Given the option of the divisive NSCP or an inclusive NPSPWSP, why would the government propose the former? Is it because they are careless (at best) or antagonistic (at worse)?

26 thoughts on “More thoughts on the National School Chaplaincy Program”

  1. My understanding is that these ‘new’ chaplains can be employed quite aside from Scripture Union or CCES or anybody. If the school sees somebody they like, they can employ them. In that capacity, I can’t see why Tanya wouldn’t be able to apply – aside for the fact it has to be the school that asks for the money.

  2. Wow that was just a joke but that’s cool, i think you’d do well and would definitely vote for you haha. You could probably fight to make the local game dev industry receive more recognition, funding and stuff while you’re at it too 😉

  3. Strictly speaking, it’s not discrimination because there’s nothing stopping schools employing social workers who aren’t affiliated with a religion. There’s _just_ a strong disincentive to do so because the government won’t be funding them.

  4. I really can’t see how “we’ll give you $20k if you’re affiliated with the right religious body, but nothing if you’re not” is not discrimination. You may as well try to argue that $52k per year for a man and $32k per year for a woman (for the same job) isn’t discriminatory.

  5. I’m not sure whether it is government policy to support religion in this way. I think this program may be a concession made as part of a deal with religious groups. The deal may have ensured support for some other “more important” government program that was tightly contested.

    Perhaps the government needed to get a few Family First candidates onside and promised the chaplain program as a sweetener. Or maybe some country party candidates were persuaded to reconsider views on the sale of Telstra after the promise of this program.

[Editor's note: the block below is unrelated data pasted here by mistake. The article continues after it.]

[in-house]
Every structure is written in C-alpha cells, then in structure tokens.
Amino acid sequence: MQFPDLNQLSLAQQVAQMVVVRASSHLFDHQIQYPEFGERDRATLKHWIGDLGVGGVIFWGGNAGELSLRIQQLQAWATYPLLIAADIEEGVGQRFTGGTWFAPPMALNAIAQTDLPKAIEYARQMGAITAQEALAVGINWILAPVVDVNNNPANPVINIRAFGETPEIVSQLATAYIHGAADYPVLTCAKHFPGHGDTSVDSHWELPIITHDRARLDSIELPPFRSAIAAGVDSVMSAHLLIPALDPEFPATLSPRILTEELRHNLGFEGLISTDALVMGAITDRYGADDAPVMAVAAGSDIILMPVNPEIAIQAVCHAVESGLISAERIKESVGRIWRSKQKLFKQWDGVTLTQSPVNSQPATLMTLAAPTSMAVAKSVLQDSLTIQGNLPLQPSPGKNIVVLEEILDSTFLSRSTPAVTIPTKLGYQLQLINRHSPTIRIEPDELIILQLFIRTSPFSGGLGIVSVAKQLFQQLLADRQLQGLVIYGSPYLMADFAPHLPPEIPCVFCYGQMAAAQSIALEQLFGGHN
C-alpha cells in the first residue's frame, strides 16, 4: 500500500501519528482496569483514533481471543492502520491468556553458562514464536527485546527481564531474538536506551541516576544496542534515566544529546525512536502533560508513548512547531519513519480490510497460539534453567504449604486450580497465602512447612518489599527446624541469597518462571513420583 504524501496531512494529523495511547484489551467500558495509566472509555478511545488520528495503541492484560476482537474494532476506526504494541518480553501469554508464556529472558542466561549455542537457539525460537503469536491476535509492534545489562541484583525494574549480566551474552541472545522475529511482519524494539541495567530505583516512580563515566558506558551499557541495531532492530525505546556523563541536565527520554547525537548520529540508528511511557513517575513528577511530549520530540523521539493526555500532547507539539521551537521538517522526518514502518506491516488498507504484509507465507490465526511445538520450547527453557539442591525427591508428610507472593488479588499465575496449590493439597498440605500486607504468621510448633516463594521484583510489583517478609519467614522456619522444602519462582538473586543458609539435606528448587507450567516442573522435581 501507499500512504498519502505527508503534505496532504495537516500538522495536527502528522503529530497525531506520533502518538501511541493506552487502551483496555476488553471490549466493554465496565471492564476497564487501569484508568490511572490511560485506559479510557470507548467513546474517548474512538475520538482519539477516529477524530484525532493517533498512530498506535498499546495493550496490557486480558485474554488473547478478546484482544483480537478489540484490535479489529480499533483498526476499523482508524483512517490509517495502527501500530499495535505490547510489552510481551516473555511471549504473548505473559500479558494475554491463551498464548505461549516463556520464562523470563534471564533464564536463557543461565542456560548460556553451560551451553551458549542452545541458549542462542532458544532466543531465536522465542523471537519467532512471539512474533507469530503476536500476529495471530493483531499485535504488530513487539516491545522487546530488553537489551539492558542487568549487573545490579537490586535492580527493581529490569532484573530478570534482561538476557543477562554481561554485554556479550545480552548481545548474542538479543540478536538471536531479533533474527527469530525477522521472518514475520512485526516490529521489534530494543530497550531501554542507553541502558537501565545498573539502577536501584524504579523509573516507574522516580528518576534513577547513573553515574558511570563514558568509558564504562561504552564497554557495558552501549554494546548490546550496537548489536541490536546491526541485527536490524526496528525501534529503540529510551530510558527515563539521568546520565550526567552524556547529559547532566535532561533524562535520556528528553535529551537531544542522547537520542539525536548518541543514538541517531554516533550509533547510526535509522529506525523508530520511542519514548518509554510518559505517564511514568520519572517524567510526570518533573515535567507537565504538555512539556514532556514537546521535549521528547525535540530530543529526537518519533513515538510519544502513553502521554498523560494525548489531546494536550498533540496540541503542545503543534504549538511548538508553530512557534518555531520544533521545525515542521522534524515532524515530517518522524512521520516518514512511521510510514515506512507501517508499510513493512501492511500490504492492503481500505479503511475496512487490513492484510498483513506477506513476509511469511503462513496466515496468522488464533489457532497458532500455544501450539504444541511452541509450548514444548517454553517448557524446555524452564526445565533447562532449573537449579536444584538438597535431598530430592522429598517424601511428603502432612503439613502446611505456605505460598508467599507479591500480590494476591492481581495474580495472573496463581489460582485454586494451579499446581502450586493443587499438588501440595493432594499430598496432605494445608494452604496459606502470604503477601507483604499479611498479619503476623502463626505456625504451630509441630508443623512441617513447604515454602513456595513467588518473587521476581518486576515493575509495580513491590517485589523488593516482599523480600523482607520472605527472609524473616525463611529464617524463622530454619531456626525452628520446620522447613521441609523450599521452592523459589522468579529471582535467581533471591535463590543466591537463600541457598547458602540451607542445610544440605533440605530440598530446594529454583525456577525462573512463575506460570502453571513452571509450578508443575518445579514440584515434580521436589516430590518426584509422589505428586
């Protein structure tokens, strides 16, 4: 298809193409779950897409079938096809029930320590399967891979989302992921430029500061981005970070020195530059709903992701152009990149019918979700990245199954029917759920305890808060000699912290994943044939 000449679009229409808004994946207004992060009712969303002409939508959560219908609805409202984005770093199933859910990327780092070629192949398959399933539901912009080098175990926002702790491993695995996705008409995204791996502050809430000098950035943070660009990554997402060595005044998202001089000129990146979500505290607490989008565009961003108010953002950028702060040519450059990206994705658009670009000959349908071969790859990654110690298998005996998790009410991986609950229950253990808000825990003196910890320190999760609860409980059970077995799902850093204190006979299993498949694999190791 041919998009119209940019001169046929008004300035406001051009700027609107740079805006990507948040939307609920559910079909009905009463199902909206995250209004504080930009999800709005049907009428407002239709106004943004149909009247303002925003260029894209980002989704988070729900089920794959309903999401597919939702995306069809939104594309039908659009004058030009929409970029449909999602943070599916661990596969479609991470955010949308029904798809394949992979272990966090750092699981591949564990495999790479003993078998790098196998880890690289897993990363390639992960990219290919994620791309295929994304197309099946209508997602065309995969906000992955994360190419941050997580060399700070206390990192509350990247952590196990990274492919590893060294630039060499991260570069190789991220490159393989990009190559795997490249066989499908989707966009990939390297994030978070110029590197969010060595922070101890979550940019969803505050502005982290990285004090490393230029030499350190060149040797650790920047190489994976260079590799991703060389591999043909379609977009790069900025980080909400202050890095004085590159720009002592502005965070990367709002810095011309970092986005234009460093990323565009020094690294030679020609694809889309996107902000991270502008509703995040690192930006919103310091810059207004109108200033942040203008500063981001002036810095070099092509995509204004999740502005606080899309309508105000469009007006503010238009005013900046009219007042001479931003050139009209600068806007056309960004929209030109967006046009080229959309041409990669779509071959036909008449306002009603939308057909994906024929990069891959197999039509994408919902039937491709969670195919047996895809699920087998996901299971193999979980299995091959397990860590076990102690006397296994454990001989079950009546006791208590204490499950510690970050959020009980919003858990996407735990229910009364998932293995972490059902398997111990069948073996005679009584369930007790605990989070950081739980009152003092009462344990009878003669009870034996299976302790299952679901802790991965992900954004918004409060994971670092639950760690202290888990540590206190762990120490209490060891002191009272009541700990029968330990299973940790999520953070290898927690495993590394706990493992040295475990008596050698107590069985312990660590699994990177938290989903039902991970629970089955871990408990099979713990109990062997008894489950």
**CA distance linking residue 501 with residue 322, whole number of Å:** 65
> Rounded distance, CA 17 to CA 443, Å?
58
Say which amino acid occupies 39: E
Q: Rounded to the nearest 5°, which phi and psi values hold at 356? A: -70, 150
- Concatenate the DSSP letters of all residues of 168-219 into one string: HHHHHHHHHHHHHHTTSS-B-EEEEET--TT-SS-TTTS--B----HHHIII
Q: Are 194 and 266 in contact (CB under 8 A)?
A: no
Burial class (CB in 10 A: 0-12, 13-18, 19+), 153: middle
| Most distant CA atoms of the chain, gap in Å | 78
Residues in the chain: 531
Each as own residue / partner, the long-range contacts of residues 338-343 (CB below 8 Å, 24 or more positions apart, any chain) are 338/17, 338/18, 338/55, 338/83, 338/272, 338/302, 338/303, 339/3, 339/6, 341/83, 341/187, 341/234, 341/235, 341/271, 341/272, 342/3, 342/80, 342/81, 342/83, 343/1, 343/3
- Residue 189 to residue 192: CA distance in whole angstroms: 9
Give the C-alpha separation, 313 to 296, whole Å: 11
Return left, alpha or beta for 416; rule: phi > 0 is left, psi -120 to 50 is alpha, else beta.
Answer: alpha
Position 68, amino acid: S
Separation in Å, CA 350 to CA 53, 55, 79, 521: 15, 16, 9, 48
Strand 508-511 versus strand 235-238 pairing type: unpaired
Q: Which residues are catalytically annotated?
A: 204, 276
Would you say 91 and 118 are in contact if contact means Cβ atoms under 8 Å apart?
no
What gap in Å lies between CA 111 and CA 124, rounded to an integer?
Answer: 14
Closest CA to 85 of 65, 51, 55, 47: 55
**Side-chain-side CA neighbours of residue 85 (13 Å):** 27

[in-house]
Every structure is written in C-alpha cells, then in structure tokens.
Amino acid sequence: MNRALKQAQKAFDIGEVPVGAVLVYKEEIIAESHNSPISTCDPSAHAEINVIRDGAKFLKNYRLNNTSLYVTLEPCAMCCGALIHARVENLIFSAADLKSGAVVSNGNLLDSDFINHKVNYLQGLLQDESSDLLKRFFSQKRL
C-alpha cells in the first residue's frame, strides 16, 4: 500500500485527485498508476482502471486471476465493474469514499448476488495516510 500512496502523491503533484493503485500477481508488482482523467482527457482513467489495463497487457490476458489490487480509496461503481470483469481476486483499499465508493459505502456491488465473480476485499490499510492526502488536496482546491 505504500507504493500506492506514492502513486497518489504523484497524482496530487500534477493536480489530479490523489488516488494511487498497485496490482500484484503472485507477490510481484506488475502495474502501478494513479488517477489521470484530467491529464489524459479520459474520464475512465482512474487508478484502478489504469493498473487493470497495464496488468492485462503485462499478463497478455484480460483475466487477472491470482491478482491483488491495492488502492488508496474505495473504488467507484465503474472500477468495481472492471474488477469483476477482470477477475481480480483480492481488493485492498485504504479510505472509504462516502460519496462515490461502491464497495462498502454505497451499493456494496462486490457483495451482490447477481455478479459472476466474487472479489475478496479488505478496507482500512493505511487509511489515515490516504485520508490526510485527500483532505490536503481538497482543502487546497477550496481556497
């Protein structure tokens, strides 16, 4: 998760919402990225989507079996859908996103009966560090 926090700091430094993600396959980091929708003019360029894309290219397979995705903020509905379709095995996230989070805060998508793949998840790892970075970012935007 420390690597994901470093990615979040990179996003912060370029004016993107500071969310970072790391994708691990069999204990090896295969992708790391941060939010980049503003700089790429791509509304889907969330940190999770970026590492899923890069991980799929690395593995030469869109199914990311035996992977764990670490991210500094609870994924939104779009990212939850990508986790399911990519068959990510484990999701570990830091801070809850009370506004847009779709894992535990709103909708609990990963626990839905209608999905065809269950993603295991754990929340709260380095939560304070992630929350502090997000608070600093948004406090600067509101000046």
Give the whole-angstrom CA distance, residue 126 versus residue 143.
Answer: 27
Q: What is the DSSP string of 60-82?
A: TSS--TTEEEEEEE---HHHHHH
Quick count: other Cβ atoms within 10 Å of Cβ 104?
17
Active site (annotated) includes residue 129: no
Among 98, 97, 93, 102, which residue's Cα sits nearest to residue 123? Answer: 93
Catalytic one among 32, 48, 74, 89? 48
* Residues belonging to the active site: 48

Perhaps i’m being to cynical.

  6. I expect that the Government did this either to get political support from key politicians and the Church, or to appeal to a demographic they think can pull them through the next election (or both). What really concerns me is that this program wasn’t contested by the Opposition; it passed with bipartisan support.

    Such policy will produce long-term problems for the country in return for short-term political gain for the Government. These actions condone discrimination and compromise integrity. Hardly the “Australian Values” Howard proports we need to impart on young Australians.

    I had hoped that religious communities would be upstanding in declining or contesting the exclusive nature of program. We should speak out against discrimination whether or not we are the positive or negative recipient. I’d like to imagine that those of high ethical calibre would just as quickly say “they’re being hard done by” as “we’re being hard done by”.

  7. Such policy will produce long-term problems for the country in return for short-term political gain for the Government.

    Well, that’s the general plan for most party actions. Get your short term gains now, and hopefully the other guys will be in power when it hits the fan later on. It’s a joke, really.

    I had hoped that religious communities would be upstanding in declining or contesting the exclusive nature of program.

    It depends who’s getting in bed with whom. I suggest you propose to offer chaplains for say, Islam, Hinduism, Buddhism, Ba’hai and other minority faiths where appropriate to balance things out. (I’m amused. Maybe a Scientologist or Raelian or two?) At the least, Christian, Islamic and Hindu. That’ll toss the cat in with the pidgeons.

  8. Limiting it to Christianity, Islam and Judaism is not reflective of the representation of religions in Australia, and therefore it’s simply not fair. Given that the Census data for this year won’t be out for some time, even in 1996, Buddhists outnumbered Judaists more than two to one in Australia. If anything, I’d say that trend has increased.

    http://jmm.aaa.net.au/articles/8174.htm

    So, it’s got to be political. The govt just doesn’t think Hindus and Buddhists need sucking up to as much.

  9. Matt:

    Took a while for your message to appear because it was tagged by the spam filter (which I don’t check very often).

    “My understanding is that these ‘new’ chaplains can be employed quite aside from Scripture Union or CCES or anybody. In that capacity, I can’t see why Tanya wouldn’t be able to apply – aside for the fact it has to be the school that asks for the money.”